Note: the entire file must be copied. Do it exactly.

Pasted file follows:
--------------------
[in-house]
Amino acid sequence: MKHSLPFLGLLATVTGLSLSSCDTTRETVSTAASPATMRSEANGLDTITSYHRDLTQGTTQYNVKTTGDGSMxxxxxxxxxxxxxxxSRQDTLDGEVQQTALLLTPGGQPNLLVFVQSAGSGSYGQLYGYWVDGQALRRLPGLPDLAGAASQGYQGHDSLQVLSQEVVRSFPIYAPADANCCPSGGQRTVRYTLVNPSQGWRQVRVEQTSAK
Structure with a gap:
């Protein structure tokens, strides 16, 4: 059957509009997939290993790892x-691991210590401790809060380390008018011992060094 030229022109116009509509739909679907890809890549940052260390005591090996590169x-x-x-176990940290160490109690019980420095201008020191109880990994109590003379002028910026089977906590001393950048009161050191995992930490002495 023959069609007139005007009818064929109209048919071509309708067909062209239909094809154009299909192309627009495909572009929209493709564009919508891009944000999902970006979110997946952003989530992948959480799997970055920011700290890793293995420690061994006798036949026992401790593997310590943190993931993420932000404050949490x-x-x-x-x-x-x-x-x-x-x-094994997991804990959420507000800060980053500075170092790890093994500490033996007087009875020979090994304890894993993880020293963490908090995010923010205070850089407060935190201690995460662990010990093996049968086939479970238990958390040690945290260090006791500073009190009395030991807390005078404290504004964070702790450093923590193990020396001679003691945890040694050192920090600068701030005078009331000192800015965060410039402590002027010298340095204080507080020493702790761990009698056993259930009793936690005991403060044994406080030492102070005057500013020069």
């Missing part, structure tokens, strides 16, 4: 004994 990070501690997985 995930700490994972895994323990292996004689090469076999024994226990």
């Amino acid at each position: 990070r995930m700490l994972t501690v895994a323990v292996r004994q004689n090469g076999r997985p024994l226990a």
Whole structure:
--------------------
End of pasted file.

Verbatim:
[in-house]
Amino acid sequence: MKHSLPFLGLLATVTGLSLSSCDTTRETVSTAASPATMRSEANGLDTITSYHRDLTQGTTQYNVKTTGDGSMxxxxxxxxxxxxxxxSRQDTLDGEVQQTALLLTPGGQPNLLVFVQSAGSGSYGQLYGYWVDGQALRRLPGLPDLAGAASQGYQGHDSLQVLSQEVVRSFPIYAPADANCCPSGGQRTVRYTLVNPSQGWRQVRVEQTSAK
Structure with a gap:
């Protein structure tokens, strides 16, 4: 059957509009997939290993790892x-691991210590401790809060380390008018011992060094 030229022109116009509509739909679907890809890549940052260390005591090996590169x-x-x-176990940290160490109690019980420095201008020191109880990994109590003379002028910026089977906590001393950048009161050191995992930490002495 023959069609007139005007009818064929109209048919071509309708067909062209239909094809154009299909192309627009495909572009929209493709564009919508891009944000999902970006979110997946952003989530992948959480799997970055920011700290890793293995420690061994006798036949026992401790593997310590943190993931993420932000404050949490x-x-x-x-x-x-x-x-x-x-x-094994997991804990959420507000800060980053500075170092790890093994500490033996007087009875020979090994304890894993993880020293963490908090995010923010205070850089407060935190201690995460662990010990093996049968086939479970238990958390040690945290260090006791500073009190009395030991807390005078404290504004964070702790450093923590193990020396001679003691945890040694050192920090600068701030005078009331000192800015965060410039402590002027010298340095204080507080020493702790761990009698056993259930009793936690005991403060044994406080030492102070005057500013020069």
């Missing part, structure tokens, strides 16, 4: 004994 990070501690997985 995930700490994972895994323990292996004689090469076999024994226990």
């Amino acid at each position: 990070r995930m700490l994972t501690v895994a323990v292996r004994q004689n090469g076999r997985p024994l226990a």
Whole structure: